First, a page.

McMullin, 40, was born in Provo, Utah, and went to college at the Mormon-owned Brigham Young University before an 11-year career in the CIA and work as congressional aide. He, like about two-thirds of Utah residents, is Mormon.

E-commerce business owner Cameron Robinson, 38, of Eagle Mountain voted for McMullin. He doesn’t find Trump trustworthy, doesn’t think he’s a true conservative and is troubled by how he seems to idolize world dictators.

Robinson, a Mormon father of five, said his vote shows the “Republican party isn’t entitled to or doesn’t own conservative votes.”

The race for the White House helped spike voter registrations in Utah, but elections officials said many voters were slow to vote early or turn in their mail-in ballots, perhaps because they were still agonizing over their choices.

Early turnout as of Monday afternoon was about 41 percent, according to the state elections office. When voters hit the polls Tuesday, they encountered long lines, with waits ranging from 30 to 90 minutes in some places. In one county, a problem with voting machines forced poll workers to switch to paper ballots.

While the presidential race was the most hotly contested competition in Utah’s 2016 election, voters were also deciding if five Republican incumbents in powerful positions win re-election bids as expected.

Gov. Gary Herbert defeated Democrat Mike Weinholtz, a wealthy former CEO of a medical staffing company. U.S. Sen. Mike Lee easily beat political newcomer Misty Snow, a Democrat trying to become the first openly transgender woman elected in Utah.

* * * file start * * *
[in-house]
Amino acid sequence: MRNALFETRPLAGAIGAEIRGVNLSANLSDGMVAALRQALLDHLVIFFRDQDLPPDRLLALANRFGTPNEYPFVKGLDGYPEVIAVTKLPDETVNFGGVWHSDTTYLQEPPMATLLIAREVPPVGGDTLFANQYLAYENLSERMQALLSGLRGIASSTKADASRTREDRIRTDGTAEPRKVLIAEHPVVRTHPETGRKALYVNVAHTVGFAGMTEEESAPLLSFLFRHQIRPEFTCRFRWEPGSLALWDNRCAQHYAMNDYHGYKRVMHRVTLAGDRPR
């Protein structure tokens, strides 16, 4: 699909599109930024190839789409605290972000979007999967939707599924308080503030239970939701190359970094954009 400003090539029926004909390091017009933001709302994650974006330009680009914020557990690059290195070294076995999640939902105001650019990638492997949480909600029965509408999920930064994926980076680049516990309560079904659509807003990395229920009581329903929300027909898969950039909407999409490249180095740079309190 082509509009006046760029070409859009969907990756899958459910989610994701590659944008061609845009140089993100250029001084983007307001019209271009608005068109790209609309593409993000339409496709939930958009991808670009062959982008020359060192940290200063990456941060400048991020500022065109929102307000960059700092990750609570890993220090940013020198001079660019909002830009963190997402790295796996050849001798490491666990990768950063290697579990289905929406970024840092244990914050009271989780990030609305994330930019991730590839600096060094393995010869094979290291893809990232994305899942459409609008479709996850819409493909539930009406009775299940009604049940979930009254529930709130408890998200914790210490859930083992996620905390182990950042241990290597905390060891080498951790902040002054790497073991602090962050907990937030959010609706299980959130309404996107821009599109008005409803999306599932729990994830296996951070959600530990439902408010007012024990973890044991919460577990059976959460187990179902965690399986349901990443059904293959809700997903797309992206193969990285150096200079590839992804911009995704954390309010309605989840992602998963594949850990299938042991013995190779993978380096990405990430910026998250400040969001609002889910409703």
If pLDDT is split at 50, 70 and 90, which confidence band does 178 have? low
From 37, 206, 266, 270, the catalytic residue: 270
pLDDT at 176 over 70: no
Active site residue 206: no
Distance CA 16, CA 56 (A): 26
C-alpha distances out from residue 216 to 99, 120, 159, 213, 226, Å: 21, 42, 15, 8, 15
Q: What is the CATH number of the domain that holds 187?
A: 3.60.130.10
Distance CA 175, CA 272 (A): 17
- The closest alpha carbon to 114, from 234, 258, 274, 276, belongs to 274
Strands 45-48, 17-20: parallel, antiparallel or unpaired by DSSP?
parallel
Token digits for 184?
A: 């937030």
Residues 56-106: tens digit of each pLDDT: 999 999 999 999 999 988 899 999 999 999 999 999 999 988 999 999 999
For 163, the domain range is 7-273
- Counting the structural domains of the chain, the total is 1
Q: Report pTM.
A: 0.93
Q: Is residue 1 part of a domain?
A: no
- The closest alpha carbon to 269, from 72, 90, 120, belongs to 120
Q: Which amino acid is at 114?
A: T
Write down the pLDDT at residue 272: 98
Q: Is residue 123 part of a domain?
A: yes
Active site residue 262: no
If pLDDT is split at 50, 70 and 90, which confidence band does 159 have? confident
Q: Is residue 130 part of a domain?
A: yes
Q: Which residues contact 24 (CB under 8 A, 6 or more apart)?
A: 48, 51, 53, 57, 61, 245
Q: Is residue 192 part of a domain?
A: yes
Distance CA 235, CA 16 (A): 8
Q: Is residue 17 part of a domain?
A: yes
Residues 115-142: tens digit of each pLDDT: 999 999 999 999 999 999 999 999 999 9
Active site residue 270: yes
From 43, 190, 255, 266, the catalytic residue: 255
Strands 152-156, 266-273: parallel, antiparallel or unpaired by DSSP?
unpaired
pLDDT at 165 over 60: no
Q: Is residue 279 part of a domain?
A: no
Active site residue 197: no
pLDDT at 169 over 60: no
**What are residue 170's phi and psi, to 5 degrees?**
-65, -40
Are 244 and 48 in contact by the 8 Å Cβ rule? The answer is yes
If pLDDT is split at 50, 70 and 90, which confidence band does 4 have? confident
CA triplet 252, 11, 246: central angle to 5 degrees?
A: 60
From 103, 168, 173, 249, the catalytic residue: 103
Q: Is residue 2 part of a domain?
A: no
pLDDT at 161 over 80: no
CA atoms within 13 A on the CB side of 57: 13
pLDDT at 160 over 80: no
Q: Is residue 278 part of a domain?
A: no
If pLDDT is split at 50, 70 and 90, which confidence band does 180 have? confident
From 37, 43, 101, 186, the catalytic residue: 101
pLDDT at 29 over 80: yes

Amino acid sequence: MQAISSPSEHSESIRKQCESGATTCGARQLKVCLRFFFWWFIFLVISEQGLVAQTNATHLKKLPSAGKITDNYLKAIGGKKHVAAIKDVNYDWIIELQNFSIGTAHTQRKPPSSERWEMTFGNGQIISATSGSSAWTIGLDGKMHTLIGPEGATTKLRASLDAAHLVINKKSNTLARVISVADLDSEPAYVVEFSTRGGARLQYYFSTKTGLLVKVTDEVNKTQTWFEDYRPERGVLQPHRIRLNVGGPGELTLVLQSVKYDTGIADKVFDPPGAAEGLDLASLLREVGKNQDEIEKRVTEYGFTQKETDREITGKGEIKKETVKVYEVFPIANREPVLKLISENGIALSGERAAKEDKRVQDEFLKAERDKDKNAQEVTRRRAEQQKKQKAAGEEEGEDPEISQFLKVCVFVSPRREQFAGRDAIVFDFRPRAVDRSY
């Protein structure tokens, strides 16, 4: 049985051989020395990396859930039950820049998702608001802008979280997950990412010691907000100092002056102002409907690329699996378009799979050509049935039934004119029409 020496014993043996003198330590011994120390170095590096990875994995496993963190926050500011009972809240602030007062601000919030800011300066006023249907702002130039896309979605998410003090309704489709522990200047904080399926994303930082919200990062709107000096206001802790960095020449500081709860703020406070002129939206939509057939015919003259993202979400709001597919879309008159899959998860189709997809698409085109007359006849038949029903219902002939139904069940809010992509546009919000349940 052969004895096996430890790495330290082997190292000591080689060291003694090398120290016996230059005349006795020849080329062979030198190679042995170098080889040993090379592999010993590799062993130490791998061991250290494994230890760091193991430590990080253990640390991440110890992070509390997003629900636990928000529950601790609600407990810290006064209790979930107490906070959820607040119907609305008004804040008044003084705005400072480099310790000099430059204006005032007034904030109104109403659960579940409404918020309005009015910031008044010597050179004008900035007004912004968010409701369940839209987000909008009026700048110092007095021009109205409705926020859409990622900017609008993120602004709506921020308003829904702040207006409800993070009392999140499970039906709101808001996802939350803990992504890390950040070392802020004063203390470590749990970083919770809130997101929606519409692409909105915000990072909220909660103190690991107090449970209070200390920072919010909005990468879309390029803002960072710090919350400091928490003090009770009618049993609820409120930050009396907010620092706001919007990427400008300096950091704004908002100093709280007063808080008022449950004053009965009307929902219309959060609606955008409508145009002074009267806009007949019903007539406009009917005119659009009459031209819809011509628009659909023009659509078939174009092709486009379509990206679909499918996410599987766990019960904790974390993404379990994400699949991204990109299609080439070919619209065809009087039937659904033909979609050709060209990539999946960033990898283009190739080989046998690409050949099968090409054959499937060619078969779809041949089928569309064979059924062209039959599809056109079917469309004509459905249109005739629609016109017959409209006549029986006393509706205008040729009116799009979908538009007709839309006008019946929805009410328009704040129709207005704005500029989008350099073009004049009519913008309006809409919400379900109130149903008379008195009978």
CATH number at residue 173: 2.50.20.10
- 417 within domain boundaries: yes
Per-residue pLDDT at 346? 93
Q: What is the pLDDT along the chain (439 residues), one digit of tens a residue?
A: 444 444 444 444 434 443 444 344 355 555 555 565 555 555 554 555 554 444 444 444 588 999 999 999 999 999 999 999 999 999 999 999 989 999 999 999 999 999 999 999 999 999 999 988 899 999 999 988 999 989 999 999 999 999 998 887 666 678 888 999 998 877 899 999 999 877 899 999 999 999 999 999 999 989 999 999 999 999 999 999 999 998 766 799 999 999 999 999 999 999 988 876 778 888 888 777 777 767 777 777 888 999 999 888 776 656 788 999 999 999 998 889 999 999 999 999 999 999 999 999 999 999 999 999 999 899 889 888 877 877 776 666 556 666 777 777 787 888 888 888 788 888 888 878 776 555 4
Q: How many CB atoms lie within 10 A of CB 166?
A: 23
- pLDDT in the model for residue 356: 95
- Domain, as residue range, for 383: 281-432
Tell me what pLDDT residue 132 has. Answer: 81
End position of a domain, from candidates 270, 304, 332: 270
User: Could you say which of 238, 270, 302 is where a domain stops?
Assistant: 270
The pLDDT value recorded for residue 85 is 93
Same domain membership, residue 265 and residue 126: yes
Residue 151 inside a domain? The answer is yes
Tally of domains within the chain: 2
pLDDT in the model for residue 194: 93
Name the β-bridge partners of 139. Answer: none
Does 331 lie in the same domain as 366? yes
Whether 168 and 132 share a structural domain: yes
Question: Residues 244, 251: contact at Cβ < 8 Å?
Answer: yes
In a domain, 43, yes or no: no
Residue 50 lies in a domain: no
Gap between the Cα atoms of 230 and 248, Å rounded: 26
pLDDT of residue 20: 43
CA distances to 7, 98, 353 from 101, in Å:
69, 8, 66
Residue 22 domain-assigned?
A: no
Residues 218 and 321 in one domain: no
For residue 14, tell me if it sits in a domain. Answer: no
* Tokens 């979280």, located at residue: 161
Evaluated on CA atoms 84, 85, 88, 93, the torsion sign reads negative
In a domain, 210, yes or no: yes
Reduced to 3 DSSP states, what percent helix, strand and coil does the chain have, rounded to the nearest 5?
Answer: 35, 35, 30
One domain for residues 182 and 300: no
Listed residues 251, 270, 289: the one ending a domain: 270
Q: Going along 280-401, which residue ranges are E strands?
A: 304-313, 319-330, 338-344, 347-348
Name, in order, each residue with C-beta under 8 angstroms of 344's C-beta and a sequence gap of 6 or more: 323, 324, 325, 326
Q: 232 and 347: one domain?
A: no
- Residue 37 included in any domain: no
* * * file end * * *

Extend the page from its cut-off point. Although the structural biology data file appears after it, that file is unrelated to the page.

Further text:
U.S. Rep. Mia Love won her rematch against Democrat Doug Owens in another tight contest. Results in that race were slow to come in due to long waits at voting places across Salt Lake County that left lines of voters still waiting to cast ballots hours after polls had closed. County Clerk Sherrie Swensen said she wouldn’t put out any results until people were done voting.

The other three incumbent Republican members of Congress_Reps. Jason Chaffetz, Rob Bishop and Chris Stewart_breezed past their Democrat challengers.

Utah’s transformation from an afterthought in the presidential election to a tossup state began in March, when the state’s Republican voters soundly rejected Trump in the state’s presidential caucus. Trump earned only 14 percent of the votes, finishing a distant third.

That result came on the heels of Utah’s favorite political son, 2012 GOP nominee Mitt Romney, calling Trump a “phony and fraud” in a scathing speech delivered in Utah.

The disdain for Trump seemed to soften a bit over the summer, but it flared up in October when a recording came out of Trump boasting in 2005 of how his fame allowed him to impose himself on women.

That led Herbert to pull his support for Trump. Several members of Congress followed by calling on Trump to step aside.

Among Utah’s congregational delegation, Sen. Lee and Rep. Love have held firm in opposition of Trump while Sen. Orrin Hatch and Reps. Bishop, Chaffetz and Stewart said they would vote for Trump in an attempt to keep Clinton from winning.